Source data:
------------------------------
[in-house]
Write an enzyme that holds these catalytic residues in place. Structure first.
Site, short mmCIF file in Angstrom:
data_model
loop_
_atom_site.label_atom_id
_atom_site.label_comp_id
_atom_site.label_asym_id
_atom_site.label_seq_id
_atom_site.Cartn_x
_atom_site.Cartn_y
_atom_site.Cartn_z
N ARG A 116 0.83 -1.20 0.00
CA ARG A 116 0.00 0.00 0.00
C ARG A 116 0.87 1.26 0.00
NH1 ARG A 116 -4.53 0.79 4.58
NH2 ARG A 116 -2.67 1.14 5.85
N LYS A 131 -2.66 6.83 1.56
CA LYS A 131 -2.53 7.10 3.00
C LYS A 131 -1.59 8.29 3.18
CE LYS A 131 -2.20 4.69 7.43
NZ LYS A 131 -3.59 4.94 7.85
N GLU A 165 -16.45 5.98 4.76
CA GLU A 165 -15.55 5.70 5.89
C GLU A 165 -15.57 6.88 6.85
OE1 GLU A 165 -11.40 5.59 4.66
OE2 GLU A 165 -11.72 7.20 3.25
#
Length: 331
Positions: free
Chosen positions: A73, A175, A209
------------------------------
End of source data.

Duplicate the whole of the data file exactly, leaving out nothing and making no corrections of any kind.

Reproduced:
[in-house]
Write an enzyme that holds these catalytic residues in place. Structure first.
Site, short mmCIF file in Angstrom:
data_model
loop_
_atom_site.label_atom_id
_atom_site.label_comp_id
_atom_site.label_asym_id
_atom_site.label_seq_id
_atom_site.Cartn_x
_atom_site.Cartn_y
_atom_site.Cartn_z
N ARG A 116 0.83 -1.20 0.00
CA ARG A 116 0.00 0.00 0.00
C ARG A 116 0.87 1.26 0.00
NH1 ARG A 116 -4.53 0.79 4.58
NH2 ARG A 116 -2.67 1.14 5.85
N LYS A 131 -2.66 6.83 1.56
CA LYS A 131 -2.53 7.10 3.00
C LYS A 131 -1.59 8.29 3.18
CE LYS A 131 -2.20 4.69 7.43
NZ LYS A 131 -3.59 4.94 7.85
N GLU A 165 -16.45 5.98 4.76
CA GLU A 165 -15.55 5.70 5.89
C GLU A 165 -15.57 6.88 6.85
OE1 GLU A 165 -11.40 5.59 4.66
OE2 GLU A 165 -11.72 7.20 3.25
#
Length: 331
Positions: free
Chosen positions: A73, A175, A209